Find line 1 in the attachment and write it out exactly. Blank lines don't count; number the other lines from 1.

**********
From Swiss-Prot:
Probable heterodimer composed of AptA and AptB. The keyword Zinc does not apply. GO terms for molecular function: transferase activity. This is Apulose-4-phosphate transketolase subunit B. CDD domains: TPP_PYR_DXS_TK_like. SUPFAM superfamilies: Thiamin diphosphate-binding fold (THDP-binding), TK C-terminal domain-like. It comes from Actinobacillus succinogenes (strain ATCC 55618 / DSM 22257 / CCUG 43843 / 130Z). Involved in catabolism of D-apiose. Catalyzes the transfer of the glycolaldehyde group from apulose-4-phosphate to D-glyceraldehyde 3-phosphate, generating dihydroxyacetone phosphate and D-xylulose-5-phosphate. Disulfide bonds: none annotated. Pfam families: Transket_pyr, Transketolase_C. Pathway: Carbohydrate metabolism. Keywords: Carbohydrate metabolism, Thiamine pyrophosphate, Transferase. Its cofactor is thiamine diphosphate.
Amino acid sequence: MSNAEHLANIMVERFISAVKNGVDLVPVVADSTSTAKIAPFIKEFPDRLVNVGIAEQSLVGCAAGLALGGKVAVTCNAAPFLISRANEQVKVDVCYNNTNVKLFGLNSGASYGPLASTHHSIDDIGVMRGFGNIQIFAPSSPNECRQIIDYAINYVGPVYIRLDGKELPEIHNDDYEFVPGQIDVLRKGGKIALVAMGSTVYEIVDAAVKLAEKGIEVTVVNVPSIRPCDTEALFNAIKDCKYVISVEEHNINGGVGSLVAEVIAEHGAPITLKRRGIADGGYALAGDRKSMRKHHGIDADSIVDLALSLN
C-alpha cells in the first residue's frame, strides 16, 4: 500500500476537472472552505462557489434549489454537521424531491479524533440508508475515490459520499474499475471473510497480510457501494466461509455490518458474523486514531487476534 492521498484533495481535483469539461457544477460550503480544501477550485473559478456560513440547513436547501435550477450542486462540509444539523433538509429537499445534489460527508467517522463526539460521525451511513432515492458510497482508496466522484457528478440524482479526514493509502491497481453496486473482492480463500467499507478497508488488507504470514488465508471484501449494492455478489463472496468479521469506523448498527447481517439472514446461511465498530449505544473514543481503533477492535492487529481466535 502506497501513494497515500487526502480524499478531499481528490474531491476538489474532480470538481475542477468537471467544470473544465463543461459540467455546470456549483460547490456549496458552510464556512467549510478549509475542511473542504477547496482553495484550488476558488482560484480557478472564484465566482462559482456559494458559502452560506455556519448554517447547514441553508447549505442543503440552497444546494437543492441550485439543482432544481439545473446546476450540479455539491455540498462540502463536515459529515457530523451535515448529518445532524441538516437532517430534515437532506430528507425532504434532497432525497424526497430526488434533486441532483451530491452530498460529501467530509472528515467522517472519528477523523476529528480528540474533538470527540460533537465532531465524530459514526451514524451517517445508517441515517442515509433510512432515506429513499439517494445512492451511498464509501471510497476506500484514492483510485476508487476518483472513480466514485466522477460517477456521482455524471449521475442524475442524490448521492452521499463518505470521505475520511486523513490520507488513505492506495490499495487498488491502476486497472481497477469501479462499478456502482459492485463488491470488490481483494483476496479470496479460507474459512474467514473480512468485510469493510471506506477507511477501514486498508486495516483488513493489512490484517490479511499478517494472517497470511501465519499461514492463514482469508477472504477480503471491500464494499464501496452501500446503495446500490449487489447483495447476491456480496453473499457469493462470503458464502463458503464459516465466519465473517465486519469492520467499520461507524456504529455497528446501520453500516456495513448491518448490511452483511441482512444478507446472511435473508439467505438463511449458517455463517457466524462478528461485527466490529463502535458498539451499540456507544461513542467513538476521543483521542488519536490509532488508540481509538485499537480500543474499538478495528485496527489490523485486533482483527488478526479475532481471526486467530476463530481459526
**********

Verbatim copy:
From Swiss-Prot: